The First

Josephine Cochrane and her Dazzling Dish-Washing Machine

THE FIRST PODCAST Of the tens of thousands of U.S. patents granted in the 19th century, only a small fraction were held by women. One of those women — Josephine Cochrane — would change the world by solving a simple household problem.

While throwing lavish dinner parties in her gracious home in Shelbyville, Illinois, Cochrane noticed that her fine china was being damaged while being washed. Certainly there was a better way of doing the dishes?

Cochrane’s extraordinary adventure would lead to places few women are allowed — into gritty mechanical workshops and the exclusive corridors of big business. Nobody could believe a woman responsible for such a sophisticated mechanical device.

In her own words: I couldn’t get men to do the things I wanted in my way until they had tried and failed on their own. They insisted on having their own way with my invention until they convinced themselves that my way was the better.

FEATURING: The voice of Beckett Graham from the History Chicks podcast, portraying the actual quotes of Mrs. Cochrane (or shouldn’t that be Cochran)?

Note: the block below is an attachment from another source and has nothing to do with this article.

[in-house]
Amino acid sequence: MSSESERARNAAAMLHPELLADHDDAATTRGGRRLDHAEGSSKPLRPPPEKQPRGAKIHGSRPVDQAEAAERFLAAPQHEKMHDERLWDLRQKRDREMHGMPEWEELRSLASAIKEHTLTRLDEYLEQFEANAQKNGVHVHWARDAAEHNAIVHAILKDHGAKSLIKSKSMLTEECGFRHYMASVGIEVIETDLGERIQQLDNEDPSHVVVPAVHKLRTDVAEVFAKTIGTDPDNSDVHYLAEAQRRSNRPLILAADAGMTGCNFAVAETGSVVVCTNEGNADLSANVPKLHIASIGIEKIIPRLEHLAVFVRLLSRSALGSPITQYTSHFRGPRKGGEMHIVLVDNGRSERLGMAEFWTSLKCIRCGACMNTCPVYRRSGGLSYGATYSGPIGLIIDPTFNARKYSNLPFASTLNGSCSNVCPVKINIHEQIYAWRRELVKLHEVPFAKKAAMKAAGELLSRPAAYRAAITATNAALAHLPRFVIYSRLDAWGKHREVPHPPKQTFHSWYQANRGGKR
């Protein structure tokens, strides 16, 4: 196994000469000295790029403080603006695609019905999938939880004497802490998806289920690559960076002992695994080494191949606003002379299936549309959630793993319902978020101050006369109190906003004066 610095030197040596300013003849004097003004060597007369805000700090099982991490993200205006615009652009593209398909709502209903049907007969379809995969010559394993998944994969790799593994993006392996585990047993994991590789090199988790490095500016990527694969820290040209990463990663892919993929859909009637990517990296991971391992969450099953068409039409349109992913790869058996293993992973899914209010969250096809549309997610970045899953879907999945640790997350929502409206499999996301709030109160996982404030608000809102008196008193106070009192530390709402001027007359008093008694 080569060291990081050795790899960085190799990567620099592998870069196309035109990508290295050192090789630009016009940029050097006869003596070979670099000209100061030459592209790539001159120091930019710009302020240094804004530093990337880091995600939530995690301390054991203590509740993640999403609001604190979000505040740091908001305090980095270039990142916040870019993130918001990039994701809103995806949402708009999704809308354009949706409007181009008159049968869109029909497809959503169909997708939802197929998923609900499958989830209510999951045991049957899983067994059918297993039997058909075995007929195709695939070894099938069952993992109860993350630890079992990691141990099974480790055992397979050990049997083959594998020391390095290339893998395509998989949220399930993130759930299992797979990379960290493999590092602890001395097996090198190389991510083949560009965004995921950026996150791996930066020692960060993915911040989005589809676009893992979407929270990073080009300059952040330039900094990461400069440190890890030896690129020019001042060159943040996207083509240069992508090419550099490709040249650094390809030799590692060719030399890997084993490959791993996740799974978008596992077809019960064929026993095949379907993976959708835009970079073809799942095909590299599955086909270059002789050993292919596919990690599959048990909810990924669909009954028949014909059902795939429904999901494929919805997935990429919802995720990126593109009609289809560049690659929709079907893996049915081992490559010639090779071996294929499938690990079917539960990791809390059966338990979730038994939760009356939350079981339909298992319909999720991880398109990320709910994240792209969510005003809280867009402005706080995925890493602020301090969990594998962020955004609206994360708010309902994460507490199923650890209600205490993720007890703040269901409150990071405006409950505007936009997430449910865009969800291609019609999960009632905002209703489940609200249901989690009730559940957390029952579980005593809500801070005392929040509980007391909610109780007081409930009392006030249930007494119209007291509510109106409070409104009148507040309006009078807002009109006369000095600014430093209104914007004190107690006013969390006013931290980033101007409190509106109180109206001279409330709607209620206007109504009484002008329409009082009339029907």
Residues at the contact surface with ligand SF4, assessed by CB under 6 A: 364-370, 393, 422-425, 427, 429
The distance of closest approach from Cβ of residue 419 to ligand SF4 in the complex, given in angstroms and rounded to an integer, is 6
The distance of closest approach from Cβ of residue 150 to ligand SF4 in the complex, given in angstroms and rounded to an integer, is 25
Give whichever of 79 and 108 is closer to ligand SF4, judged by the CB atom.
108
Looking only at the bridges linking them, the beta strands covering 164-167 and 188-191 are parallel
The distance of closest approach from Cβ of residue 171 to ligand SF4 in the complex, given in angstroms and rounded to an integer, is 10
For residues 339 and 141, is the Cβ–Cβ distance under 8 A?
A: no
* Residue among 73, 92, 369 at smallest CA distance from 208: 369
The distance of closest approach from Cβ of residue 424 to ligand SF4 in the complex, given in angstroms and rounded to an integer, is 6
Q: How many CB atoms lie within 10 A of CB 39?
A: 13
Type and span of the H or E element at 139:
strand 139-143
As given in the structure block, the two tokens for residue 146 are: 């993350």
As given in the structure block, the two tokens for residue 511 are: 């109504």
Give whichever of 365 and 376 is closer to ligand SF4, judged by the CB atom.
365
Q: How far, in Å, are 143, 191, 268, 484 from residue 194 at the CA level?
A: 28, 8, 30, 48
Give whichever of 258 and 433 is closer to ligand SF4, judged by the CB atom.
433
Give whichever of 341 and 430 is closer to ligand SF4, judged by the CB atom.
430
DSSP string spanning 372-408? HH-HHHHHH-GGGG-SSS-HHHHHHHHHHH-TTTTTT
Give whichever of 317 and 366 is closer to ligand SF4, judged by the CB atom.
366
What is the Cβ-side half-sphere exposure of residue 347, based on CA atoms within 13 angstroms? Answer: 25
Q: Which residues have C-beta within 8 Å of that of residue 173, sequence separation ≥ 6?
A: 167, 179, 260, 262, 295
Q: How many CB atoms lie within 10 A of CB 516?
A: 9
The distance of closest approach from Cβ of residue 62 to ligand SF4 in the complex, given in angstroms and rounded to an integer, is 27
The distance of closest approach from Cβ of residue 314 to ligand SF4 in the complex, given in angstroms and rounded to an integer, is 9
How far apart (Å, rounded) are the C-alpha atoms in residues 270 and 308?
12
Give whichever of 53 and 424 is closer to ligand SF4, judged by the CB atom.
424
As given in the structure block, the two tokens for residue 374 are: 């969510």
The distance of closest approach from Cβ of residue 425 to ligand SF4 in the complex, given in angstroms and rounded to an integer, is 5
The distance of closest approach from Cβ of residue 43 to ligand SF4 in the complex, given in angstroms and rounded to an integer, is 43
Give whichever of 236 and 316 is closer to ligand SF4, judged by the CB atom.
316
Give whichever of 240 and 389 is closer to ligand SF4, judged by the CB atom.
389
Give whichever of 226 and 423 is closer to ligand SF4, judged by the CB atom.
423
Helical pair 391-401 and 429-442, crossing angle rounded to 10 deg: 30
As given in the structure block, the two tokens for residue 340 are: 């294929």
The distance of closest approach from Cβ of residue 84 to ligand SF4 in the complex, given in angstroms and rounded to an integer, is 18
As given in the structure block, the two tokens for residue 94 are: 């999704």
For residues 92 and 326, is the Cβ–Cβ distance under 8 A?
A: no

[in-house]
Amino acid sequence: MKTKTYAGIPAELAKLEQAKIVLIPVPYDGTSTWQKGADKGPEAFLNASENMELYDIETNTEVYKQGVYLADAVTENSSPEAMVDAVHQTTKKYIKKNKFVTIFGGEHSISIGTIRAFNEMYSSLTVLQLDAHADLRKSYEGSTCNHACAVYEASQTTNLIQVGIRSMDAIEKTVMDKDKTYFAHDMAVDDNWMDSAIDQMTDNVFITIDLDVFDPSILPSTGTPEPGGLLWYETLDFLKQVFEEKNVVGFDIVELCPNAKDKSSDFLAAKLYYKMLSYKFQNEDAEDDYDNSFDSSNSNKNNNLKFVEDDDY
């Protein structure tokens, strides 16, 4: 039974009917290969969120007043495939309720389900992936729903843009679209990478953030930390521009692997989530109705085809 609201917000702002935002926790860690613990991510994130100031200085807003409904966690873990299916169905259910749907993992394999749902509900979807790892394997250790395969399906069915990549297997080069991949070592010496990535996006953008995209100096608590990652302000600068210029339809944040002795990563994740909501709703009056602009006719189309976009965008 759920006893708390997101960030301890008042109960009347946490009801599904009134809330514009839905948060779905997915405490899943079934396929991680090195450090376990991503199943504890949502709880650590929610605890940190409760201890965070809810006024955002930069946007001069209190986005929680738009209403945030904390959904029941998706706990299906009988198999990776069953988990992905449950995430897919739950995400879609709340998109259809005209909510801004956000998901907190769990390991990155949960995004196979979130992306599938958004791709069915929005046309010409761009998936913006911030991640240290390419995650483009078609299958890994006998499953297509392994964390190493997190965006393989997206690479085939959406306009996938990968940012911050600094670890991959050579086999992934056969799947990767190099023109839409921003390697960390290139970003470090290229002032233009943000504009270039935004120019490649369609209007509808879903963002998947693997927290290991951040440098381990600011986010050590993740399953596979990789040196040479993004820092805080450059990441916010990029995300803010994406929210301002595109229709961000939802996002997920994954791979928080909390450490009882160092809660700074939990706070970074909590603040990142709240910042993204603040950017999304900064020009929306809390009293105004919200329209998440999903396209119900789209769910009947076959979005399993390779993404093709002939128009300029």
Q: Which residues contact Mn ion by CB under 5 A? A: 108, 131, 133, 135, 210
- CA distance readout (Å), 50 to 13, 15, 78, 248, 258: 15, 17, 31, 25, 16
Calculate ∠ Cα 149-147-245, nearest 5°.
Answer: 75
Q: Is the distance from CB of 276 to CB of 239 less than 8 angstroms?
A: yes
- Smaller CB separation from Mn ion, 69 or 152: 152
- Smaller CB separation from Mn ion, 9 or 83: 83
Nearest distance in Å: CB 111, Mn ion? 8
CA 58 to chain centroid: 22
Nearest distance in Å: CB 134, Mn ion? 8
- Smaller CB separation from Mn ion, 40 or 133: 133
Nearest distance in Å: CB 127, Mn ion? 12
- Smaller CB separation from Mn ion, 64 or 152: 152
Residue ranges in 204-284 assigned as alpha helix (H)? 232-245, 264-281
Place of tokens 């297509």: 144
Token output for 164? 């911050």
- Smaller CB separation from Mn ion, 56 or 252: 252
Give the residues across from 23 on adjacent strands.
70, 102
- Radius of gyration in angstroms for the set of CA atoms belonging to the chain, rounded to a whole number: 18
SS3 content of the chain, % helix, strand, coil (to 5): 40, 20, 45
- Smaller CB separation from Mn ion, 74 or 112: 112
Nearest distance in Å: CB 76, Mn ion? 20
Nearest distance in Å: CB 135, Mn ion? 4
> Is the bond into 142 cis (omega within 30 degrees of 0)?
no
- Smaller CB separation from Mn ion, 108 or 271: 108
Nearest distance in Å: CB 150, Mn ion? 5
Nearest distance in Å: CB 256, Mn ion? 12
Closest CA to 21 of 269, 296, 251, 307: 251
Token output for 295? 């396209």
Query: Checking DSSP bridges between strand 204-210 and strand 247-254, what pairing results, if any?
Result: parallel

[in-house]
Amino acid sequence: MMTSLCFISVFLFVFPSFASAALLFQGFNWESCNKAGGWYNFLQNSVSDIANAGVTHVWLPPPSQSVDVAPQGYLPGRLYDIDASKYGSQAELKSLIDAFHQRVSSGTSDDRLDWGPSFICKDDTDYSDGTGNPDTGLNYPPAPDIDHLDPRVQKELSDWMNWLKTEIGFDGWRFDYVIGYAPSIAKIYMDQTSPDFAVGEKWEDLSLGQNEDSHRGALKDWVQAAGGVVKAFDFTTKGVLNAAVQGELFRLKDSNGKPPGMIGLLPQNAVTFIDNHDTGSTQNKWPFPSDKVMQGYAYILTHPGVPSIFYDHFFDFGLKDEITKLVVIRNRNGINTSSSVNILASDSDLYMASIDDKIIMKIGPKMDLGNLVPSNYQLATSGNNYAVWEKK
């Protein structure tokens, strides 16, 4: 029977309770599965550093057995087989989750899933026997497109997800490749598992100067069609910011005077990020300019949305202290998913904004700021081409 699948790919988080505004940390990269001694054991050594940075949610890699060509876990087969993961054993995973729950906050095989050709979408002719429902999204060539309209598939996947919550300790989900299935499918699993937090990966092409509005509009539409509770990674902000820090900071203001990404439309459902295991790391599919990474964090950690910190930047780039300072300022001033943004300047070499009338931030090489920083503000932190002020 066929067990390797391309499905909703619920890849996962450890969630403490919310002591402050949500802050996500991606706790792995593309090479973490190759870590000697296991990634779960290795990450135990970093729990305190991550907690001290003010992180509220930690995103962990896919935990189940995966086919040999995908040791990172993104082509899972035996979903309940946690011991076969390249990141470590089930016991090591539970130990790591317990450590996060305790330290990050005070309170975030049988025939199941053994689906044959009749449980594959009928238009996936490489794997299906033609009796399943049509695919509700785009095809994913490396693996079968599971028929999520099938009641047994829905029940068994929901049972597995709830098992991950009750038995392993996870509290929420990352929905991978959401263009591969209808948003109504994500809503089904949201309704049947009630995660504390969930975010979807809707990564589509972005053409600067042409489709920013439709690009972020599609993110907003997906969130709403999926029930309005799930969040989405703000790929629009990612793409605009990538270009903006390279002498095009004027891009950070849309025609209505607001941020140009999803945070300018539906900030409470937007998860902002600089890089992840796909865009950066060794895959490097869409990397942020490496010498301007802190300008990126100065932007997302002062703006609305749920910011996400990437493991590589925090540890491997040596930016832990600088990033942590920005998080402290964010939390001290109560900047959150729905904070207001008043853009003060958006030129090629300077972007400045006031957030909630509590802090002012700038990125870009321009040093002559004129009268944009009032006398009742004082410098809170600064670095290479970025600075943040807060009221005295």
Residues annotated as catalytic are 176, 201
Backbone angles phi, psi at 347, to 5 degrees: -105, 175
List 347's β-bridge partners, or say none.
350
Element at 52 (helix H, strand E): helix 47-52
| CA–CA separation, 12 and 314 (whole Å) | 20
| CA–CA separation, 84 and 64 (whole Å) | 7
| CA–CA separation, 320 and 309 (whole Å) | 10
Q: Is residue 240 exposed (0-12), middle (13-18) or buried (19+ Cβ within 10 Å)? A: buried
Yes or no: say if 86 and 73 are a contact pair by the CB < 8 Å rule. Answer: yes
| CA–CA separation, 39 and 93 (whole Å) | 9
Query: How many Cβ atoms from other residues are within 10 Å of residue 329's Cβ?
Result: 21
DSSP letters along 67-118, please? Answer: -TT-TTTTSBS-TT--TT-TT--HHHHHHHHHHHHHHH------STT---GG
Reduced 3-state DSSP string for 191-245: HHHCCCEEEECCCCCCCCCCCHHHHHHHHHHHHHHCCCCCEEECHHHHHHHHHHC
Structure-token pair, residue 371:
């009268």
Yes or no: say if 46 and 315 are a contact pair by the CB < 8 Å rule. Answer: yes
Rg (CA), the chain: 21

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Or listen to it straight from here:

“The Garis-Cochran Dish Washing Machine having been in competition with both foreign and home inventions at the World’s Fair received a diploma and medal for best mechanical construction, durability and adaptation to its line of work and unrivaled for quantity and quality of work.”

Mrs. Cochrane in her later years:

1 reply on “Josephine Cochrane and her Dazzling Dish-Washing Machine”

Wow! According to the very well done Warner Bros. film “The Heart of New York” shown on, the dish washing machine was REALLY invented, and regaled, by a plumber named Mendel Marantz on the Lower East Side. If it’s on the Internet, it must be true! Check it out. 🙂

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